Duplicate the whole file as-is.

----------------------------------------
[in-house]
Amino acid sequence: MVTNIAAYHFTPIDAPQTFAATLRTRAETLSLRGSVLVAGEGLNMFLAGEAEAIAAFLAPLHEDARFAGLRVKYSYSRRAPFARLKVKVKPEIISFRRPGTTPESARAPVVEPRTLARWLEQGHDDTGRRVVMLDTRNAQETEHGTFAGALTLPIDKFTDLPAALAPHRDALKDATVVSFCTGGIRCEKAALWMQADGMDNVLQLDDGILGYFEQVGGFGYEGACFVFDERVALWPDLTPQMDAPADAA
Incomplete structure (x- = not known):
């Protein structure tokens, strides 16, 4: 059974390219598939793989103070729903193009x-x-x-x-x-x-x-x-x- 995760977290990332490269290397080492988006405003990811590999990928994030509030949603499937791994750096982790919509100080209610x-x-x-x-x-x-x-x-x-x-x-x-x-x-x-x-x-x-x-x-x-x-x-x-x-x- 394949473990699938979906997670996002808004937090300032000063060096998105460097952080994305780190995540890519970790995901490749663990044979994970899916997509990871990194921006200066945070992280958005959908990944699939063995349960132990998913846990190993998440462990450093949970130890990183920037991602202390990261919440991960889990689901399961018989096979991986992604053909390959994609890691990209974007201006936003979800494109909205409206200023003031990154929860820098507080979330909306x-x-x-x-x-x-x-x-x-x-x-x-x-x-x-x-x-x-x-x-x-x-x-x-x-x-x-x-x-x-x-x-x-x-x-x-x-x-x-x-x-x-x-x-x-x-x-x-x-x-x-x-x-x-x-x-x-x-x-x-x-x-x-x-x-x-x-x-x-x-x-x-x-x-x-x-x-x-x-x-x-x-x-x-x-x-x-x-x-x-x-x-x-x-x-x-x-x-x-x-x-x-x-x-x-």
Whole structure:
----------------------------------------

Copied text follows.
[in-house]
Amino acid sequence: MVTNIAAYHFTPIDAPQTFAATLRTRAETLSLRGSVLVAGEGLNMFLAGEAEAIAAFLAPLHEDARFAGLRVKYSYSRRAPFARLKVKVKPEIISFRRPGTTPESARAPVVEPRTLARWLEQGHDDTGRRVVMLDTRNAQETEHGTFAGALTLPIDKFTDLPAALAPHRDALKDATVVSFCTGGIRCEKAALWMQADGMDNVLQLDDGILGYFEQVGGFGYEGACFVFDERVALWPDLTPQMDAPADAA
Incomplete structure (x- = not known):
């Protein structure tokens, strides 16, 4: 059974390219598939793989103070729903193009x-x-x-x-x-x-x-x-x- 995760977290990332490269290397080492988006405003990811590999990928994030509030949603499937791994750096982790919509100080209610x-x-x-x-x-x-x-x-x-x-x-x-x-x-x-x-x-x-x-x-x-x-x-x-x-x- 394949473990699938979906997670996002808004937090300032000063060096998105460097952080994305780190995540890519970790995901490749663990044979994970899916997509990871990194921006200066945070992280958005959908990944699939063995349960132990998913846990190993998440462990450093949970130890990183920037991602202390990261919440991960889990689901399961018989096979991986992604053909390959994609890691990209974007201006936003979800494109909205409206200023003031990154929860820098507080979330909306x-x-x-x-x-x-x-x-x-x-x-x-x-x-x-x-x-x-x-x-x-x-x-x-x-x-x-x-x-x-x-x-x-x-x-x-x-x-x-x-x-x-x-x-x-x-x-x-x-x-x-x-x-x-x-x-x-x-x-x-x-x-x-x-x-x-x-x-x-x-x-x-x-x-x-x-x-x-x-x-x-x-x-x-x-x-x-x-x-x-x-x-x-x-x-x-x-x-x-x-x-x-x-x-x-």
Whole structure: